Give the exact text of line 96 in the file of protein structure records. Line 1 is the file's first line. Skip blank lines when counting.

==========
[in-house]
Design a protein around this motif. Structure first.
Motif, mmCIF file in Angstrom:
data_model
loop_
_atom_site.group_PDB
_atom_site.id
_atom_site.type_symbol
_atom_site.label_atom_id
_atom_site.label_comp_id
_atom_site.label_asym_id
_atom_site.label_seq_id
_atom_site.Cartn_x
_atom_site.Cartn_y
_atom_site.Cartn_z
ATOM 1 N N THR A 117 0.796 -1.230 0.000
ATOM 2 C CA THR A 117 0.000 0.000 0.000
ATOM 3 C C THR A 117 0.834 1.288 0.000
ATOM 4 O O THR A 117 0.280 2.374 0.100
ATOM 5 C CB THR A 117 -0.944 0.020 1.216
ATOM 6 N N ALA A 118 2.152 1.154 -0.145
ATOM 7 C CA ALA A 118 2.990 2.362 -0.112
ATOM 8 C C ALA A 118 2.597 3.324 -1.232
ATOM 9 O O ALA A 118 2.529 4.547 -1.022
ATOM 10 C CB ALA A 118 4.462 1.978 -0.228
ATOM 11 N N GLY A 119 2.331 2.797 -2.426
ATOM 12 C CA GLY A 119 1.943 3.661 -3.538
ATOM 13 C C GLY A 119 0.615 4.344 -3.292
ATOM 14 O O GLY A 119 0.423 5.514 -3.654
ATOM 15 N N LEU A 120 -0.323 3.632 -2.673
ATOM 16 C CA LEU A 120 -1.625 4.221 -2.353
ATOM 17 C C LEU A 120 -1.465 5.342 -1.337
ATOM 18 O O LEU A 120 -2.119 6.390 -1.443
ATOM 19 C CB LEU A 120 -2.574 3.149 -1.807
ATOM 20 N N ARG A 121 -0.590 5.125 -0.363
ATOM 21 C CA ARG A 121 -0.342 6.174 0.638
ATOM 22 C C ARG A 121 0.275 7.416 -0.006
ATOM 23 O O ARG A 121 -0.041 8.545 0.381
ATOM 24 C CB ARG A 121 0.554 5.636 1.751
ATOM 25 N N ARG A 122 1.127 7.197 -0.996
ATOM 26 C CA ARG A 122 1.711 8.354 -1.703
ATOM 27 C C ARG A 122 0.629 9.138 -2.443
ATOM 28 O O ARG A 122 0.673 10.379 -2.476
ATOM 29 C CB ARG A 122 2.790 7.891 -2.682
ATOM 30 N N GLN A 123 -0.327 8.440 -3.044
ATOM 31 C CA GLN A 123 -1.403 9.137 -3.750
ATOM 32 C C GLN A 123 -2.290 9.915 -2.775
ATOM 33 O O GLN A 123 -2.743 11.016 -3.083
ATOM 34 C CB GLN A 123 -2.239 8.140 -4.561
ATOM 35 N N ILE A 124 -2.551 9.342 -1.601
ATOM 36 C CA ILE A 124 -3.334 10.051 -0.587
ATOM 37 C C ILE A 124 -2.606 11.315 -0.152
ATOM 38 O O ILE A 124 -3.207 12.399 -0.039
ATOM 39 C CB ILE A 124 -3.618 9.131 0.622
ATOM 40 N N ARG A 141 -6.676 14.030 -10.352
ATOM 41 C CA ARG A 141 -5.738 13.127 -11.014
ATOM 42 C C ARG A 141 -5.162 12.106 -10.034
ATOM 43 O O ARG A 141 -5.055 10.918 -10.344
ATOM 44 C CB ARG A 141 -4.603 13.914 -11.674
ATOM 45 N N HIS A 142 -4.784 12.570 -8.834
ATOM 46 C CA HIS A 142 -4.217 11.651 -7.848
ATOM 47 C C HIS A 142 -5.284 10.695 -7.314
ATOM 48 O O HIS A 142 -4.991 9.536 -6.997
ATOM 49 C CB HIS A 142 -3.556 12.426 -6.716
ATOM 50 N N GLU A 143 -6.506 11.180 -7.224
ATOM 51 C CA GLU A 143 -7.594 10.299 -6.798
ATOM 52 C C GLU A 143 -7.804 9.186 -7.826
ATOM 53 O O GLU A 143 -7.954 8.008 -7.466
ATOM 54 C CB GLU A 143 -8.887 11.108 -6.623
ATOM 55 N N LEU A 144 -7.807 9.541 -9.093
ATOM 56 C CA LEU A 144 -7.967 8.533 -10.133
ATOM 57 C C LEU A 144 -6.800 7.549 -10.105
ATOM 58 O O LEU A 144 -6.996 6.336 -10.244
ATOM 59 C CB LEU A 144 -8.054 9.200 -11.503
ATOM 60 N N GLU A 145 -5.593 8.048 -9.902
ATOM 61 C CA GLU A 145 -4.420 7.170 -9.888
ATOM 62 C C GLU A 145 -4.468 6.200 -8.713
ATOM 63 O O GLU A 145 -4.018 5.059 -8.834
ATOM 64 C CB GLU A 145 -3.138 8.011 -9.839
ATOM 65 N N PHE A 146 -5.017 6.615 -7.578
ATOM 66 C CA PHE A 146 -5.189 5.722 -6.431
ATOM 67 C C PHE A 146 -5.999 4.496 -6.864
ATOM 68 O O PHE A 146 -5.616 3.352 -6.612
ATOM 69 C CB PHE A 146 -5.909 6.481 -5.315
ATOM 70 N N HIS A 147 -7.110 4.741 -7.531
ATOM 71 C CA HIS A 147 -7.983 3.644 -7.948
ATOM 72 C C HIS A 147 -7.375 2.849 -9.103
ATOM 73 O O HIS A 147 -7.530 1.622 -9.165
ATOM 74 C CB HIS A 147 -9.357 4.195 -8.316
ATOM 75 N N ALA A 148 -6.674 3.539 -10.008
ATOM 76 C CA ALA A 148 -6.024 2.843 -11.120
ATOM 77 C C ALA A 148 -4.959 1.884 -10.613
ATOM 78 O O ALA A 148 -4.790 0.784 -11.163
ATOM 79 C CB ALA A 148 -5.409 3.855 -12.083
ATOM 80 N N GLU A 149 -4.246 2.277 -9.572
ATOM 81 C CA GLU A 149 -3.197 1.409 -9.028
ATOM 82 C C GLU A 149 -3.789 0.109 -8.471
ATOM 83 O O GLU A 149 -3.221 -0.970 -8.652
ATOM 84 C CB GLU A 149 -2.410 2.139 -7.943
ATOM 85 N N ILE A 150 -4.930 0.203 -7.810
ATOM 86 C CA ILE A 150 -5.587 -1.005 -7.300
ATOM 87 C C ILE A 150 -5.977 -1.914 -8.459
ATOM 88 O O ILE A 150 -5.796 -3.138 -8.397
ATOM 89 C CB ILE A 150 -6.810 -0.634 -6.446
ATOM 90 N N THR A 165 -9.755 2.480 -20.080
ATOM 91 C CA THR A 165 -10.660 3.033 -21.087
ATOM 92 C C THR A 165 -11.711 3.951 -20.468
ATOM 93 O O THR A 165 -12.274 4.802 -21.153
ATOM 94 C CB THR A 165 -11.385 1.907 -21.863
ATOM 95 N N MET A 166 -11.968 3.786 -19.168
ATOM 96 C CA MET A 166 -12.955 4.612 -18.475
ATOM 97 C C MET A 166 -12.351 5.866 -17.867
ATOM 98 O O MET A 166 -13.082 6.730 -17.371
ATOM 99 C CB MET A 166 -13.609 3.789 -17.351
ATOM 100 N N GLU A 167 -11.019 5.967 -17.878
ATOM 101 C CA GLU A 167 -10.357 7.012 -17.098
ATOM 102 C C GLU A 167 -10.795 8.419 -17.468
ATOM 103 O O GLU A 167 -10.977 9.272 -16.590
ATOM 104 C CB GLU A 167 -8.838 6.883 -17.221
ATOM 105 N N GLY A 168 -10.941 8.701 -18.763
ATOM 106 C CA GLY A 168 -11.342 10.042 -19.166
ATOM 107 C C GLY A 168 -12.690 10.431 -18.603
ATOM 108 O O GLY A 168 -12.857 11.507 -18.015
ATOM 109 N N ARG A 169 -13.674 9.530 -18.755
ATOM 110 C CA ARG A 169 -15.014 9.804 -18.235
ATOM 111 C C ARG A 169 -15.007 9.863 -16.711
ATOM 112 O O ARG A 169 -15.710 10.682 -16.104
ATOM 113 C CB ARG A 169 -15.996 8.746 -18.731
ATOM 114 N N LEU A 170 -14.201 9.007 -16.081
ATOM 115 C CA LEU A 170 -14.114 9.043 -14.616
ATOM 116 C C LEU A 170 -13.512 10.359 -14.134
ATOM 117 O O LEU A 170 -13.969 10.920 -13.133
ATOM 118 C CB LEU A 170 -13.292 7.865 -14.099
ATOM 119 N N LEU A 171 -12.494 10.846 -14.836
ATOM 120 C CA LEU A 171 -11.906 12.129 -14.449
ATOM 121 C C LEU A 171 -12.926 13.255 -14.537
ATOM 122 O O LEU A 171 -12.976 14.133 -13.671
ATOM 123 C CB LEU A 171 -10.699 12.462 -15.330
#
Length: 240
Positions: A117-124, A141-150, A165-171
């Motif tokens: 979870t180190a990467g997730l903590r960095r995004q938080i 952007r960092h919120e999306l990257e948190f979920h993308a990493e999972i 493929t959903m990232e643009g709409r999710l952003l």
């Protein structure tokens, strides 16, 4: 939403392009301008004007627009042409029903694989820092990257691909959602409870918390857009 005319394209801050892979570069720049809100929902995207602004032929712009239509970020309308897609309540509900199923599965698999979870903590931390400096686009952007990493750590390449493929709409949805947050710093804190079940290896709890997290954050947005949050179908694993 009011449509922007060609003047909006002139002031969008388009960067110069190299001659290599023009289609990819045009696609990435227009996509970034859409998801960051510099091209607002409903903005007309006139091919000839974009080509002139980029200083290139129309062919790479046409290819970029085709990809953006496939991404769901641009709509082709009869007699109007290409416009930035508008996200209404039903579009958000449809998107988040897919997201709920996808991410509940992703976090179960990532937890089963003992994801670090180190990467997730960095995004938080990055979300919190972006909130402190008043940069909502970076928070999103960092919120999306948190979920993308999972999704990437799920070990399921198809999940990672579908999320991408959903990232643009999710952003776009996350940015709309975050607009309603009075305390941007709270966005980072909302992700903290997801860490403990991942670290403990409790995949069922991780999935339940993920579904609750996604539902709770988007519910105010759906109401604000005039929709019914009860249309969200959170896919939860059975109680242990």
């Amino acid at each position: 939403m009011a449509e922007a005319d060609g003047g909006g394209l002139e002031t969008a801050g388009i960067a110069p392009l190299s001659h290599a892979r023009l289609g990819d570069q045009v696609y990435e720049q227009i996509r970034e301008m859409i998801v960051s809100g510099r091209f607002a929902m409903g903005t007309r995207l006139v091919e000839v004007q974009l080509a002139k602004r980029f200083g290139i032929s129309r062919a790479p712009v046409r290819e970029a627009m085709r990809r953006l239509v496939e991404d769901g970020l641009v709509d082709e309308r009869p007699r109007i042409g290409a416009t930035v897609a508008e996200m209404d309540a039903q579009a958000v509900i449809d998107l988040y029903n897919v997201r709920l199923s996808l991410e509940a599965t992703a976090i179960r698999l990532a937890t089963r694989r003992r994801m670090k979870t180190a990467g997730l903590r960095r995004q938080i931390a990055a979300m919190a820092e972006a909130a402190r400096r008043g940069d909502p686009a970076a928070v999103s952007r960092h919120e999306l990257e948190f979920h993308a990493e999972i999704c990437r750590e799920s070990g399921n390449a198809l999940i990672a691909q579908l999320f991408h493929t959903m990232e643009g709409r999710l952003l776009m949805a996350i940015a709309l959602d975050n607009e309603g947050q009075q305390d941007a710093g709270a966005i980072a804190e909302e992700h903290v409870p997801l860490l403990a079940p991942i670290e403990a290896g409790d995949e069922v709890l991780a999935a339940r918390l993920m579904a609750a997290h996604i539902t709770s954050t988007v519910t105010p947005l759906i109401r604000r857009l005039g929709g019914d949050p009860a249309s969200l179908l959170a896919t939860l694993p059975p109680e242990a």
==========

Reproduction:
ATOM 81 C CA GLU A 149 -3.197 1.409 -9.028